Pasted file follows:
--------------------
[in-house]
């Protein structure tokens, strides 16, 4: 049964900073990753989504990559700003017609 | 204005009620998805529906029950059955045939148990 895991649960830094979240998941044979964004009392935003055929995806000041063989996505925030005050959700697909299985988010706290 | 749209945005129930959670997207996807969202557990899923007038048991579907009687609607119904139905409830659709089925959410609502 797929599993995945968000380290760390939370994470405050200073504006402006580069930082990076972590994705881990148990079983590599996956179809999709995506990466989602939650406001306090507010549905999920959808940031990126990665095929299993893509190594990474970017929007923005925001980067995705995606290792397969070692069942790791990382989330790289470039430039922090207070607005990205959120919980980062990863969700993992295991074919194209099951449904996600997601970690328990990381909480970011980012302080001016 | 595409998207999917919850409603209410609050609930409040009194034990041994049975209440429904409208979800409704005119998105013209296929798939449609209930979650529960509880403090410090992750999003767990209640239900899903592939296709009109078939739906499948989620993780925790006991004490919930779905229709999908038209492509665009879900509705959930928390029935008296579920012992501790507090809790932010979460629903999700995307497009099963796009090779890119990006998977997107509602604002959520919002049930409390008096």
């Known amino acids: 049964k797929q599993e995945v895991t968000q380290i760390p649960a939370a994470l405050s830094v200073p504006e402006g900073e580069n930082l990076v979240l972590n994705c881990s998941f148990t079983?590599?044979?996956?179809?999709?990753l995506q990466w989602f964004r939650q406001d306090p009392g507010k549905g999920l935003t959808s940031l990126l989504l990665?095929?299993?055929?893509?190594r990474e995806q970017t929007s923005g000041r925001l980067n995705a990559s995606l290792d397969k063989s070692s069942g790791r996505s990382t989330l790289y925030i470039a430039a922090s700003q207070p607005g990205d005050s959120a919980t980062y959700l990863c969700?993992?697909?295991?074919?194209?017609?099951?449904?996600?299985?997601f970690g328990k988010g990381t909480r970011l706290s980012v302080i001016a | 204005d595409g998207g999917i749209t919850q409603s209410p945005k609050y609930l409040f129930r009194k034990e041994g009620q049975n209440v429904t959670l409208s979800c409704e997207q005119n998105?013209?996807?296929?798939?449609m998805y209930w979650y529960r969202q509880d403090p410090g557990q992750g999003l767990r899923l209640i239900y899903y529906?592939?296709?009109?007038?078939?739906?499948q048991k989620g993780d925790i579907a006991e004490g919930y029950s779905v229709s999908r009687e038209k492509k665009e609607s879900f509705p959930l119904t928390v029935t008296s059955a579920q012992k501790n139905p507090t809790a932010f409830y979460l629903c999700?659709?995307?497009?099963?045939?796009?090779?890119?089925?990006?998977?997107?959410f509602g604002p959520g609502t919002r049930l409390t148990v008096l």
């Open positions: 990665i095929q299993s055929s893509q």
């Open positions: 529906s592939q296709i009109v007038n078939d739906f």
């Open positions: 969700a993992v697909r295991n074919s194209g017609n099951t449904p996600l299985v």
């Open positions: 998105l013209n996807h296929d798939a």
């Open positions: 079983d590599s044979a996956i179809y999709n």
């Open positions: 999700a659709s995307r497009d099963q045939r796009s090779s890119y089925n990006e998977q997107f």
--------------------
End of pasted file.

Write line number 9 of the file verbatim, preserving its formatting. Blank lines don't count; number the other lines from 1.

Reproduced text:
């Open positions: 999700a659709s995307r497009d099963q045939r796009s090779s890119y089925n990006e998977q997107f």